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Thread: Bruce Bartlett, Deputy Assistant Treasury Secretary Under Bush 1 and Ronald Reagan

  1. #1
    Havakasha is offline

    Bruce Bartlett, Deputy Assistant Treasury Secretary Under Bush 1 and Ronald Reagan

    BB: Yeah, i think a good chunk of the Republican caucus is either stupid, crazy, ignorant or craven cowards, who are desperately afraid of the tea party people, and rightly so


    Bruce Bartlett >> no, i think the dirty secret is that Obama is a moderate conservative. if i were a liberal democrat, i probably would be upset.


    Transcript.
    .

    CM: Bruce Bartlett is former Deputy Assistant Treasury Secretary under the first George Bush and a policy adviser to Ronald Reagan. Bottom line, let's look at the numbers right now. We've got a chart coming up. This shows the Bush tax cuts were responsible for increasing the debts. Now, we have about a $14 trillion debt right now, half came out since the turn of the century, and more than 40% of that has been from tax cuts.

    BB: That's right. When Bush took office, we had a debt of about $6 trillion. The projections from the CBO were that we were going to run a $6 trillion surplus. By this point, if we had done nothing, we would have paid off the dead debt, but we added about $3 trillion of tax cuts. We lost about $3 trillion of revenue because of the slower economy and added about $6 trillion of spending, largely due to two unfinished wars and a Medicare drug benefits and a lot of other things. So, instead of getting -- paying off the debt--we ended up with about a $14 trillion debt.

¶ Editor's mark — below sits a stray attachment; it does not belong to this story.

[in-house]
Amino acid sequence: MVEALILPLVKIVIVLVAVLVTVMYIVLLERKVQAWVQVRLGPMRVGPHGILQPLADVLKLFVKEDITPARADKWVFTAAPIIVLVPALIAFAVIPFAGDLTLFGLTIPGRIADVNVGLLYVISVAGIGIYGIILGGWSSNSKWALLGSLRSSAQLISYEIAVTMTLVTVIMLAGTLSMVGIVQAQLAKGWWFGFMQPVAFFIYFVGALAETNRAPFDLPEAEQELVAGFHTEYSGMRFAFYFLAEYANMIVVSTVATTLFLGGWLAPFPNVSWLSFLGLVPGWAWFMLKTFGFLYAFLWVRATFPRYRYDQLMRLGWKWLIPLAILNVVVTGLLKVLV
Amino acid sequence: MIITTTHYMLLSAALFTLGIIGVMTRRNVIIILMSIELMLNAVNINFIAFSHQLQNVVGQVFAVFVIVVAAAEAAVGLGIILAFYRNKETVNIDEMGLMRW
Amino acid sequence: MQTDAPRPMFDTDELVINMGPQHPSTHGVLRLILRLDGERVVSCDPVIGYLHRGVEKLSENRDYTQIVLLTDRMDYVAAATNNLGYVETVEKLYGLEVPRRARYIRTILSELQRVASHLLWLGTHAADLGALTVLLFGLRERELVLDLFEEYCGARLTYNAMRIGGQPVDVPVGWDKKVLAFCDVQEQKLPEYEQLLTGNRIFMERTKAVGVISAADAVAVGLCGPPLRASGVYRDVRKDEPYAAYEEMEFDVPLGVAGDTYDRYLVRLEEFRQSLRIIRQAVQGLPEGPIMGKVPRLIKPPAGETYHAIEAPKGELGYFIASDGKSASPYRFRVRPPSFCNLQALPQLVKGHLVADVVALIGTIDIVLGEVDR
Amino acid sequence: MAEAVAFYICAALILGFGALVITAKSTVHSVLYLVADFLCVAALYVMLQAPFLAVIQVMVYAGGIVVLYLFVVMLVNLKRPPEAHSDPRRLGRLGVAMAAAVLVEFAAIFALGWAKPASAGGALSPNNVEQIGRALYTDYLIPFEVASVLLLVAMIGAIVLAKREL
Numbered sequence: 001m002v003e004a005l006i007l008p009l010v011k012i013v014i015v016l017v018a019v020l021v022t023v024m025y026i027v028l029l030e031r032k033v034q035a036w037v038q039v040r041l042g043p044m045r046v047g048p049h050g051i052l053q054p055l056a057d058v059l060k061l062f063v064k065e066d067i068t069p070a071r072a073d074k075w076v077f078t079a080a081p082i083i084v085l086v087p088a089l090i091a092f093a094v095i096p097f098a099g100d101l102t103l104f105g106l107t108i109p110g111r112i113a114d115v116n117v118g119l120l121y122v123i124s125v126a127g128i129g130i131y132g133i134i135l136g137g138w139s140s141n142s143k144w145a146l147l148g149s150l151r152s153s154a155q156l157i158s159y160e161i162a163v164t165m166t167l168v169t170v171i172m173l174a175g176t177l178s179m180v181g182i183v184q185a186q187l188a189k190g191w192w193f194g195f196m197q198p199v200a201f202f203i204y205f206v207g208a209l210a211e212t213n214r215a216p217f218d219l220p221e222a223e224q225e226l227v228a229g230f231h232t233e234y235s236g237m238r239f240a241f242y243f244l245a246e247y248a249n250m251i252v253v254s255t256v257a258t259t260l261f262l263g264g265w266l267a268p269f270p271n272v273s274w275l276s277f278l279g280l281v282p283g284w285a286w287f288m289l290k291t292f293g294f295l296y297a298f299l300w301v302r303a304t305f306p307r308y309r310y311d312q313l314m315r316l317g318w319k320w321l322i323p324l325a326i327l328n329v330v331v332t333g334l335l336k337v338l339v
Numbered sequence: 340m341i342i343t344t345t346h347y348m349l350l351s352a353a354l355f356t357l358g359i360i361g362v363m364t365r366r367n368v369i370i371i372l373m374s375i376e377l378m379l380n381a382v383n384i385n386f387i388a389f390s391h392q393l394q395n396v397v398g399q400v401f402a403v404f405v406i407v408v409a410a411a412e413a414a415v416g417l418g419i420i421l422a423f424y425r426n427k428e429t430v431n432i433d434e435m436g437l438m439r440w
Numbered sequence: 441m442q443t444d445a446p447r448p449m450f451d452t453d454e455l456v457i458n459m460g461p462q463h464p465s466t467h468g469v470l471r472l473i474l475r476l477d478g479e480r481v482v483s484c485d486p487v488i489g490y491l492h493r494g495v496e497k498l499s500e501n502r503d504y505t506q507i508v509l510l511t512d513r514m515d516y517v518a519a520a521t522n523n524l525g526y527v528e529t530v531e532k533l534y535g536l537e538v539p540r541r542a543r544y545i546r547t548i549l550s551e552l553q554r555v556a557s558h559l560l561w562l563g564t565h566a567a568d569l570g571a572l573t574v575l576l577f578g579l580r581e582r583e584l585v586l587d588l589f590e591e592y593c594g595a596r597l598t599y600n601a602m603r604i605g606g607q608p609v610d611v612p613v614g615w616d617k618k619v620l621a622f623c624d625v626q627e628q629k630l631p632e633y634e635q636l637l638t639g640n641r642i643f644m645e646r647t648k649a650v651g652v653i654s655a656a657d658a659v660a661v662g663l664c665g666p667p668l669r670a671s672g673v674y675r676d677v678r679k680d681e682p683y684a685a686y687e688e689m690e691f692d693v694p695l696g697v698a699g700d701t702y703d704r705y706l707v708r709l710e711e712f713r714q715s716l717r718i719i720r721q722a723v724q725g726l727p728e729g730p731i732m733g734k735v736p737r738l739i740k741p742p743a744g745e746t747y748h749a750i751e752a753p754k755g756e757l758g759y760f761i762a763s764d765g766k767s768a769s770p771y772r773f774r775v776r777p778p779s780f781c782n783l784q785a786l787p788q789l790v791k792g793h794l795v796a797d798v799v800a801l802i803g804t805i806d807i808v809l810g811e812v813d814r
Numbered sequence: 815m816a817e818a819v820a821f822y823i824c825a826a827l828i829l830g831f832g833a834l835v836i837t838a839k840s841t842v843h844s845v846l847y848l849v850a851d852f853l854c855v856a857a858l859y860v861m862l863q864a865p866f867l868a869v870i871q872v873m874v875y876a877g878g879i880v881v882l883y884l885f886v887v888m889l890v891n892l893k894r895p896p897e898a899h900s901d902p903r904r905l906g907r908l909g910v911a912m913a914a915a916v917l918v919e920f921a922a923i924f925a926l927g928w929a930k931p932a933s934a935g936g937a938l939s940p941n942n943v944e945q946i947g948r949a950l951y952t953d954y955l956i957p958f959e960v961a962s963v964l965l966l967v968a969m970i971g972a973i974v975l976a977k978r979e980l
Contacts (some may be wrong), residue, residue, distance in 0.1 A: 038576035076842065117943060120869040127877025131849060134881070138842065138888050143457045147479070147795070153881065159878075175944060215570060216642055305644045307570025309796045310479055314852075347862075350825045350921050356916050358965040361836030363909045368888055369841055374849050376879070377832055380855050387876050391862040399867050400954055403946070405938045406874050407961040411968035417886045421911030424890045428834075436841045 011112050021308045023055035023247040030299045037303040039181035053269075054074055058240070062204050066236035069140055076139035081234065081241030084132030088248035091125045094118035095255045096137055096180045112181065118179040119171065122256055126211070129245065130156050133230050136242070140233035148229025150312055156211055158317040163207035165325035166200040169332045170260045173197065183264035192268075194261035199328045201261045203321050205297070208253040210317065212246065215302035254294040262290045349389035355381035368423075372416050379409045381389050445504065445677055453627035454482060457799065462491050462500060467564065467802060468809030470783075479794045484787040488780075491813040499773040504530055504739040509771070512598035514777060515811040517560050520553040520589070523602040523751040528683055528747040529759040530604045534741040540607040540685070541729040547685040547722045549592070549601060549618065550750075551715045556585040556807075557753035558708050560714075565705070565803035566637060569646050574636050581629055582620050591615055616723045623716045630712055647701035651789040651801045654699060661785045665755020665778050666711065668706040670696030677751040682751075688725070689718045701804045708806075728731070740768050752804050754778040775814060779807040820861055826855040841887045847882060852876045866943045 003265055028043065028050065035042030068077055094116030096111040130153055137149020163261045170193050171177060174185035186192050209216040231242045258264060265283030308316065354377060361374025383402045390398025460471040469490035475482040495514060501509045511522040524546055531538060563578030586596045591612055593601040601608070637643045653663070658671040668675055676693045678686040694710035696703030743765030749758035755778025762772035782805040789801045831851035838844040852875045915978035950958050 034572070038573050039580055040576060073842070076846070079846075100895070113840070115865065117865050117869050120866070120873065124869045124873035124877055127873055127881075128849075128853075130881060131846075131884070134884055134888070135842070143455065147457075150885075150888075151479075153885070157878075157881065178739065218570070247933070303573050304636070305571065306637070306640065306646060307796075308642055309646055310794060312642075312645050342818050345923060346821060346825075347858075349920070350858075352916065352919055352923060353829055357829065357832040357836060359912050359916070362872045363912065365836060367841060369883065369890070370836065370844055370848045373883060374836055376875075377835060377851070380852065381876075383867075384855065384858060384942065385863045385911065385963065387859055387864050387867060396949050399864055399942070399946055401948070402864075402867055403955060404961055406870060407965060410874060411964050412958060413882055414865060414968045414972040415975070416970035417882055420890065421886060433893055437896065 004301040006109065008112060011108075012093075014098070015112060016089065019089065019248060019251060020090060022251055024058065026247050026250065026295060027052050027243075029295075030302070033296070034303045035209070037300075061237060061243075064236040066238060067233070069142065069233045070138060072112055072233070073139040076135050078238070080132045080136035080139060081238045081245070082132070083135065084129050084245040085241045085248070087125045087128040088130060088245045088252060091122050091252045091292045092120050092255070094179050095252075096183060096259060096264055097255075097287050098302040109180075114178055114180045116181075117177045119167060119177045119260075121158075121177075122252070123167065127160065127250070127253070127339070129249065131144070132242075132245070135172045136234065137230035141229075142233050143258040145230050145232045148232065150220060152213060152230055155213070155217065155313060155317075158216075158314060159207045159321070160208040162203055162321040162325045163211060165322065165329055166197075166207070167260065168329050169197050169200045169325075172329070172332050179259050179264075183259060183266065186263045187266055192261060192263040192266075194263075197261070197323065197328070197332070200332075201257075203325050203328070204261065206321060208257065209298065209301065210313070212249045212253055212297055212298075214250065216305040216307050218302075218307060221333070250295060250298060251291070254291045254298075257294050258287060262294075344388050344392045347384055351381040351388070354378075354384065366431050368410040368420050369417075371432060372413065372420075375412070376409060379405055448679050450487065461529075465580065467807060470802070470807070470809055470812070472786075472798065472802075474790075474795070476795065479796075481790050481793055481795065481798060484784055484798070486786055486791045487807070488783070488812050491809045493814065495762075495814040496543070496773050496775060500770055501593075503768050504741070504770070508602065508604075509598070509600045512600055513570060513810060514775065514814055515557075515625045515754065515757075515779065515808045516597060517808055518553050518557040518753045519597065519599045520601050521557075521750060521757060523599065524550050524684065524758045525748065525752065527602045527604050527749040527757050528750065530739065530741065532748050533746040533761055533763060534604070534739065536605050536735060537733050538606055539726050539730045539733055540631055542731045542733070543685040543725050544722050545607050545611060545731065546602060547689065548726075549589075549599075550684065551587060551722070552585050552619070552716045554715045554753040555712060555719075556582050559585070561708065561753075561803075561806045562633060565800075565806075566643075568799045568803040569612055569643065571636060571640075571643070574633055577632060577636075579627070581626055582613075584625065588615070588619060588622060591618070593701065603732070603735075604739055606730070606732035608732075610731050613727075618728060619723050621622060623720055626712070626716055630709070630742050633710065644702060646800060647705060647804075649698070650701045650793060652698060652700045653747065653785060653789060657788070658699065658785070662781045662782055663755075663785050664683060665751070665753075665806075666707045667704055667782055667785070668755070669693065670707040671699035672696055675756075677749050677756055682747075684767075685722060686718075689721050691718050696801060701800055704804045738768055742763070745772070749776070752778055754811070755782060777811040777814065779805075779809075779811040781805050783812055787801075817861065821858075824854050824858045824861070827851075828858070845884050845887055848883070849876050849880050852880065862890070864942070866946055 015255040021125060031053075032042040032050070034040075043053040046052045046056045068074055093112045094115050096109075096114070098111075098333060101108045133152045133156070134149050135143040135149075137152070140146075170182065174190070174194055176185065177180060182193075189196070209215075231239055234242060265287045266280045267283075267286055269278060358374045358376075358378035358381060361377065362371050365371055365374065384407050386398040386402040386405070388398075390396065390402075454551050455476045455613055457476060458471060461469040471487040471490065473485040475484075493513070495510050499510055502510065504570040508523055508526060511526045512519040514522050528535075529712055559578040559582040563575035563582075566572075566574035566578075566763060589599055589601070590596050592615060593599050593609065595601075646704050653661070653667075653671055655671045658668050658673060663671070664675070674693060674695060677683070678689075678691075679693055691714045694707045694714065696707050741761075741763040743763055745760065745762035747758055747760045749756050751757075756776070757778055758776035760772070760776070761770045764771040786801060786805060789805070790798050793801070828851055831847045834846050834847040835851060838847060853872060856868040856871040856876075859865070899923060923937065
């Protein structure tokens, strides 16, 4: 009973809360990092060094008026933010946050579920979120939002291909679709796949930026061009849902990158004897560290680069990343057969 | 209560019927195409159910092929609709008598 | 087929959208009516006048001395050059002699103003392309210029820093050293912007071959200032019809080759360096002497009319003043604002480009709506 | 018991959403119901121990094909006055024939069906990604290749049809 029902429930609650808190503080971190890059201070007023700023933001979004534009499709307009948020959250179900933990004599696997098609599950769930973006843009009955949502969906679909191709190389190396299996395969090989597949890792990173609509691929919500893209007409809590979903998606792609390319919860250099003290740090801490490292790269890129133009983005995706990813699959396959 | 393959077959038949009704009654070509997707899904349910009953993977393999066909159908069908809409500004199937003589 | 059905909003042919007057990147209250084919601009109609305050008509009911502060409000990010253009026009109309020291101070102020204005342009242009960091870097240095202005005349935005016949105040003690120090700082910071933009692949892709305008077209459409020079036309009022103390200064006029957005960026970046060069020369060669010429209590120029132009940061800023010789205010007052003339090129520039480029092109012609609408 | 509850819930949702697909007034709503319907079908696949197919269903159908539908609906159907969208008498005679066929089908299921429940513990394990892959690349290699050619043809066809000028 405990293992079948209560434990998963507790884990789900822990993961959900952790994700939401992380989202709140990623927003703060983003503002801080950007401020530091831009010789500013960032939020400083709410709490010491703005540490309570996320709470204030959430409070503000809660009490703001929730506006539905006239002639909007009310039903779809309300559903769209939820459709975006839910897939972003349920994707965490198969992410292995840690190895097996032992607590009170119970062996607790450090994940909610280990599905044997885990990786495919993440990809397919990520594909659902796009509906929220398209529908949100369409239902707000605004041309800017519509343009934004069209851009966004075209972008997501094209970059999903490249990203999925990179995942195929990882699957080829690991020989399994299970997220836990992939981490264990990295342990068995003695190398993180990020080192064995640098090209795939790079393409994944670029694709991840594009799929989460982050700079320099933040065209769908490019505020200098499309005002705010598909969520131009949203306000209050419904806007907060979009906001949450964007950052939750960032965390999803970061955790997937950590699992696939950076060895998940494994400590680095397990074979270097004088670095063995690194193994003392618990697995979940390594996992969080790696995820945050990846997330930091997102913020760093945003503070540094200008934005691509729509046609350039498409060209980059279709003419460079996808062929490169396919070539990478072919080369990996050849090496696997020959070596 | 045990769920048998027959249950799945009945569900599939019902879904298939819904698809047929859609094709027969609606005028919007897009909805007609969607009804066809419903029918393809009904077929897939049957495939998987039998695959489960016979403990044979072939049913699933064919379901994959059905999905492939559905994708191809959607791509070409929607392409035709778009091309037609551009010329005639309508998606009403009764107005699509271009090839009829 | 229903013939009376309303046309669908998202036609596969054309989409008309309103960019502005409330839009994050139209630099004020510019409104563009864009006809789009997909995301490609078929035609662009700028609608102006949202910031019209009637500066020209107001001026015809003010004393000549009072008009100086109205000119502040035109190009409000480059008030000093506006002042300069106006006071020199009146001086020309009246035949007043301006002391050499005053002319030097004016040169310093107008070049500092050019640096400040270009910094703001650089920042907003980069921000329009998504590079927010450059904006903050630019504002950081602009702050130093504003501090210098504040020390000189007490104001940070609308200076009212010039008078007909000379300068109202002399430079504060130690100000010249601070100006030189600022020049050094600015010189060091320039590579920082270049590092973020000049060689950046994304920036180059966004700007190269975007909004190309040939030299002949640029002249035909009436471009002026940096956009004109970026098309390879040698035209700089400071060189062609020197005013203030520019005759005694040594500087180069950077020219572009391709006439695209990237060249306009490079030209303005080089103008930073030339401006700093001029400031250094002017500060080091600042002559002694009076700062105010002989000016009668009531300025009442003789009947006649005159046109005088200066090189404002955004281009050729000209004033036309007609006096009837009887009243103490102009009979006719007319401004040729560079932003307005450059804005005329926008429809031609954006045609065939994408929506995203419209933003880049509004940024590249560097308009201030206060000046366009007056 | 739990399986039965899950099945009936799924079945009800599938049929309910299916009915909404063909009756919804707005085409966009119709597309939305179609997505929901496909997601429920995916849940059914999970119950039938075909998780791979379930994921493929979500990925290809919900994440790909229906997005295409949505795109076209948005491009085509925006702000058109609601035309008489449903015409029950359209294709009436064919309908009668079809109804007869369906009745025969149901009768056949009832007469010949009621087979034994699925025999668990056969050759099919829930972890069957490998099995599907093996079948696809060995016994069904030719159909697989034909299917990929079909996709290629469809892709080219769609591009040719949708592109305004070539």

CM: Some of these clowns, not all of them, running around saying Barack Obama is a Socialist, he drove up the national debt to $14 trillion and dance around in a circle and congratulate each other. That's not true.

    BB: No, i think the dirty secret is that Obama is a moderate conservative. If I were a liberal democrat, I probably would be upset.

    CM: The point is a $1 trillion debt, and another poring (?) is from the prescription drug bill. The whole rest of that is from a lousy economy under Bush and these two wars he came up with.

    BB: That's right. The Republicans keep saying the tax cuts are the key to prosperity. The 2000s are evidence that that is not true. We had booming economies in the 1980s and '90s. If we went back to those taxes, we would be better off.

  2. #2
    Havakasha is offline
    CM: What is the argument against the kind of tax policy-- let's just say it again. It seems like a heck of a great economy with the tax rate of about 39.6, as opposed to 35?

    BB: Right.

    CM: That's the ones the rich bitch about, to use a crude term. That helped balance the budget.